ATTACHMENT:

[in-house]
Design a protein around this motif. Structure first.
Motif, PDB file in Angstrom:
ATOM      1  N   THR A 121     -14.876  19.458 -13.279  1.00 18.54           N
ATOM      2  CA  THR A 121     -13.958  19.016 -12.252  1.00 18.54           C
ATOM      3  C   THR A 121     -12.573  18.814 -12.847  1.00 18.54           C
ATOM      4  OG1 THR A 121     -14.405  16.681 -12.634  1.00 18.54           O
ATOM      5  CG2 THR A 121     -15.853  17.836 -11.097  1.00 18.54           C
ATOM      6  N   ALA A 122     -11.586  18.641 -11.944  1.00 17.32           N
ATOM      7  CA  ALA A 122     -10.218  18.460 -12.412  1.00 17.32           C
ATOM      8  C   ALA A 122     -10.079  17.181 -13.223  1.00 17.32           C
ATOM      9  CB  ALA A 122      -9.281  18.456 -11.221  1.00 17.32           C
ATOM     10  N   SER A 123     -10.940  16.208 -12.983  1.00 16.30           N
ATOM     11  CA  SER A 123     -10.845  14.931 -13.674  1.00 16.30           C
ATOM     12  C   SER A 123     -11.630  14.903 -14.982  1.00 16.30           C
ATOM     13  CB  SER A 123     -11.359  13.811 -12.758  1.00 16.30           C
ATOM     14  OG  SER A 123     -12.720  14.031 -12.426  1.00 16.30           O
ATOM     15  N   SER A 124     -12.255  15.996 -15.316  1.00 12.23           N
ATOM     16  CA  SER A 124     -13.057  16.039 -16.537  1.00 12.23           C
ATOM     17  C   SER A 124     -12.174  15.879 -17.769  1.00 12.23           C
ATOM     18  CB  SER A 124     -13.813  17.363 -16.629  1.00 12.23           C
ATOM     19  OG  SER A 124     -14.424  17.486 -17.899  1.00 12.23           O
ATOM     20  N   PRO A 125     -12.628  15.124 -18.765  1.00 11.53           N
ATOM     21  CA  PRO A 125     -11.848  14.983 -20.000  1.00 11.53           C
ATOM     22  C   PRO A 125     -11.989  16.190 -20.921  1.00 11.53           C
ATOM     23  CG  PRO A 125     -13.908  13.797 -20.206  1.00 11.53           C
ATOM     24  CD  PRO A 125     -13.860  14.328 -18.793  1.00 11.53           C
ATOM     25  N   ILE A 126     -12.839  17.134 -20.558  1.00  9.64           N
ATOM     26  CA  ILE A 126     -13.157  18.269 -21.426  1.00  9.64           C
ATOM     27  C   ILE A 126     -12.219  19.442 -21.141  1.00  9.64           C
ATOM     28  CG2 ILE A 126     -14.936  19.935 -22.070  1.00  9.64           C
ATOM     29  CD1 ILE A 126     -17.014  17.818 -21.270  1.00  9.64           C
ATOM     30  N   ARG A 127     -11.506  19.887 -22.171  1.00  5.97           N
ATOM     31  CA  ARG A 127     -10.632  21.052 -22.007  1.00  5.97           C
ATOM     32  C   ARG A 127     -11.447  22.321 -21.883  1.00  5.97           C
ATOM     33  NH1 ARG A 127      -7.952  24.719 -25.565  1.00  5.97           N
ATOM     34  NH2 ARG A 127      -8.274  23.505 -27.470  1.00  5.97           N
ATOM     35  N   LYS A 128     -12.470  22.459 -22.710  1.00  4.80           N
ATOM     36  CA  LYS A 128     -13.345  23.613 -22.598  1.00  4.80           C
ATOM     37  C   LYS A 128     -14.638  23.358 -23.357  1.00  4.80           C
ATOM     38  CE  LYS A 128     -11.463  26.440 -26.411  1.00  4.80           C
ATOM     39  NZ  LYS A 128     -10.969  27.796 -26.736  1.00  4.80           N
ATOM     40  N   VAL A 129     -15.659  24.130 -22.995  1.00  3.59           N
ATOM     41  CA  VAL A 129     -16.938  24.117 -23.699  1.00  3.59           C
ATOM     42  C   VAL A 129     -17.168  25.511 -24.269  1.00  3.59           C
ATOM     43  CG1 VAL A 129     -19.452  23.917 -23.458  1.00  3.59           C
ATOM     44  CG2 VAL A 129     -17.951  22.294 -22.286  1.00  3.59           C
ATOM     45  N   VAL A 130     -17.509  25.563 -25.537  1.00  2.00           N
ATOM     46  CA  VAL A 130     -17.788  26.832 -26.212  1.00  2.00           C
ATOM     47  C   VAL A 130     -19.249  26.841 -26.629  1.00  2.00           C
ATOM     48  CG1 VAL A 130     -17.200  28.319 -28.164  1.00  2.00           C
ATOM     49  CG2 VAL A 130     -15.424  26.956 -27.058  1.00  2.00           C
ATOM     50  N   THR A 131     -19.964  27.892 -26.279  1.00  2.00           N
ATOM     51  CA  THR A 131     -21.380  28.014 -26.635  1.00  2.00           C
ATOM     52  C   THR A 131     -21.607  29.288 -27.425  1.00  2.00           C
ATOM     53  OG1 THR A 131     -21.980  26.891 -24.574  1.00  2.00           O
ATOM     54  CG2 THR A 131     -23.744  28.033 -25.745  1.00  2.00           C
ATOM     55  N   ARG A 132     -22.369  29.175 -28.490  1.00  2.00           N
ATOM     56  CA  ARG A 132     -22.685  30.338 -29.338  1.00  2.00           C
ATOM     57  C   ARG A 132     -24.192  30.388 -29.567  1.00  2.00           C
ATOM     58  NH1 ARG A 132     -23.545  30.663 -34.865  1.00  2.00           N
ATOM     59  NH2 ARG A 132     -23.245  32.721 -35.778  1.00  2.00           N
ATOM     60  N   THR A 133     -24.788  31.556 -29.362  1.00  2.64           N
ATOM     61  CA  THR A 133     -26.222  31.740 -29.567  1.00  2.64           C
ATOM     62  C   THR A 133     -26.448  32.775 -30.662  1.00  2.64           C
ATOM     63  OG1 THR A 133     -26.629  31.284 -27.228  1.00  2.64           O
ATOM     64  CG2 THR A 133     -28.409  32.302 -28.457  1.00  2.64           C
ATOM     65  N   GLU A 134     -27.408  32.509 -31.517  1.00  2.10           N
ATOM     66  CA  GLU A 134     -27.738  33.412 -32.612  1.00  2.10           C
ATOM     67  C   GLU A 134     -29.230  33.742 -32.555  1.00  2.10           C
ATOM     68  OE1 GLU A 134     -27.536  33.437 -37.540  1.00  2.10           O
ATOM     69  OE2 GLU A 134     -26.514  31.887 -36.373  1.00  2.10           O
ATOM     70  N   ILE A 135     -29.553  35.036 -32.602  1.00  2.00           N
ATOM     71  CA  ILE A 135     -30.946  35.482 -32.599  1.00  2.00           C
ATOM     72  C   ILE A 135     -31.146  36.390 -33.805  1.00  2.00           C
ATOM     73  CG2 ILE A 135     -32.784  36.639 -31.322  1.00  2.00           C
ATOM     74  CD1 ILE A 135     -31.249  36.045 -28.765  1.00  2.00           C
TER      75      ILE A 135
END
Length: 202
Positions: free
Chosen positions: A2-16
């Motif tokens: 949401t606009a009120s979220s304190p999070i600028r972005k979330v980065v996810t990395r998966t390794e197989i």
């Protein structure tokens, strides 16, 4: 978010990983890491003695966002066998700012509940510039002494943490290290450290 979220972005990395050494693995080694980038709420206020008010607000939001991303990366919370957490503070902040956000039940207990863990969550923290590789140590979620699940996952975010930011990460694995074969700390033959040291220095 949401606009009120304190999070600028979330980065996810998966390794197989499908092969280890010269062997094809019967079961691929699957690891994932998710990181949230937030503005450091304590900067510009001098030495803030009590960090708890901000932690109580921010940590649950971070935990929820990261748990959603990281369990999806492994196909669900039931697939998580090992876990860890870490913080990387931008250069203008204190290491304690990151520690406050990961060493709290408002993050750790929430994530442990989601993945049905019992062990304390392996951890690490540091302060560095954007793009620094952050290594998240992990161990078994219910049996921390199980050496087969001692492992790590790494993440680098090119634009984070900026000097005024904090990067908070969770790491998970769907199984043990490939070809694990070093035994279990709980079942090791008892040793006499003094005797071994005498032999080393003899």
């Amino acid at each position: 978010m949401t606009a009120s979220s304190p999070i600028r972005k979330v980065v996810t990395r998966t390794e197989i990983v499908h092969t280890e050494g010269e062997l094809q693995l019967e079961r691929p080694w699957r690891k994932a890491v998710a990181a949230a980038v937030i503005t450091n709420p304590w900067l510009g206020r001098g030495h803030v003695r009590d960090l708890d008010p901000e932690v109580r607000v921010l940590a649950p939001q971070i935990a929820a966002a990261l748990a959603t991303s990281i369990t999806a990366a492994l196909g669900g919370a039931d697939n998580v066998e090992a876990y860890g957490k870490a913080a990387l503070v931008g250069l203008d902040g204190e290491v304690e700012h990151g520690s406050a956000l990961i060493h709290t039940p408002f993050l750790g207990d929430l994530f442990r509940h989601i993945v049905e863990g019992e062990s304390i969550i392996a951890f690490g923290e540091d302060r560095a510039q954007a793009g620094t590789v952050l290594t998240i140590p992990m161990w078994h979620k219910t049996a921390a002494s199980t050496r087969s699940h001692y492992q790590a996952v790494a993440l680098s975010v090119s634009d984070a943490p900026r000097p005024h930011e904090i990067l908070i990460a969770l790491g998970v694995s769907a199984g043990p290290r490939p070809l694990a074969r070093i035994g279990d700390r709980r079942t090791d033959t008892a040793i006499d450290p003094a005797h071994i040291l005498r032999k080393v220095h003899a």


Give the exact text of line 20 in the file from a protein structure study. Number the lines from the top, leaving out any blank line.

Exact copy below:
ATOM     17  C   SER A 124     -12.174  15.879 -17.769  1.00 12.23           C